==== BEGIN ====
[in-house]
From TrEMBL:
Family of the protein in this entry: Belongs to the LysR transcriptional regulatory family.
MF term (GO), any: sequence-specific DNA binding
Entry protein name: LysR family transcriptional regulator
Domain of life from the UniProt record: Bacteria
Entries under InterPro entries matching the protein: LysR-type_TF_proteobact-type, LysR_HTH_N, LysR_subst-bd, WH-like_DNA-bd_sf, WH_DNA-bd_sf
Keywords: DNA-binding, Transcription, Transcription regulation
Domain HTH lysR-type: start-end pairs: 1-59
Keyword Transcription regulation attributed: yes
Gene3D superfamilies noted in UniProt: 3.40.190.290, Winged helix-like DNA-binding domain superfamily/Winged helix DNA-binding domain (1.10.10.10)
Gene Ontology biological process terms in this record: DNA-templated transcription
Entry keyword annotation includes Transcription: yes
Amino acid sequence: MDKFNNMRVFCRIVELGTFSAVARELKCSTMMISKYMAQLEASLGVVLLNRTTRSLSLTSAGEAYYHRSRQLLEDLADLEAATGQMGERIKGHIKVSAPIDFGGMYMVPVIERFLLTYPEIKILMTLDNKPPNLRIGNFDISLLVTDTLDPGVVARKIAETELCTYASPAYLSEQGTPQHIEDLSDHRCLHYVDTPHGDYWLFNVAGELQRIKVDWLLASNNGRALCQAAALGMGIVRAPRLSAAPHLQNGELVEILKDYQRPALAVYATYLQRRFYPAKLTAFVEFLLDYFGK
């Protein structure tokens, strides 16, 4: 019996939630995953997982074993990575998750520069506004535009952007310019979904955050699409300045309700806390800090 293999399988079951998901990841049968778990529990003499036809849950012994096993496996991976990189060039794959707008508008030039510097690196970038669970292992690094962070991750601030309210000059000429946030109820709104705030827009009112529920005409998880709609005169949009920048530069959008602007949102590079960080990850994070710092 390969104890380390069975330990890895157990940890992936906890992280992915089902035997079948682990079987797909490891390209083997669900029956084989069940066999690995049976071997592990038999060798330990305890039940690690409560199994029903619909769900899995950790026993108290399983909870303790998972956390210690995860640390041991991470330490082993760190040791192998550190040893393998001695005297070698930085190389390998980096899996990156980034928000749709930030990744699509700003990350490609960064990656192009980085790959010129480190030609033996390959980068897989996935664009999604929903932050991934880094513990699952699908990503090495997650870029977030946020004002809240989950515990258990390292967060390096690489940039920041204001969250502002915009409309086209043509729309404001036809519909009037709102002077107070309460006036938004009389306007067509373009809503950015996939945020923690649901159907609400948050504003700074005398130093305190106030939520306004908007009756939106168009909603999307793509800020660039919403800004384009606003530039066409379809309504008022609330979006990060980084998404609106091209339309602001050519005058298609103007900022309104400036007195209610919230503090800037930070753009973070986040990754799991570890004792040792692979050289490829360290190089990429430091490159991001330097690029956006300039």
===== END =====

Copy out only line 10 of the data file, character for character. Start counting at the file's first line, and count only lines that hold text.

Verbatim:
Keyword Transcription regulation attributed: yes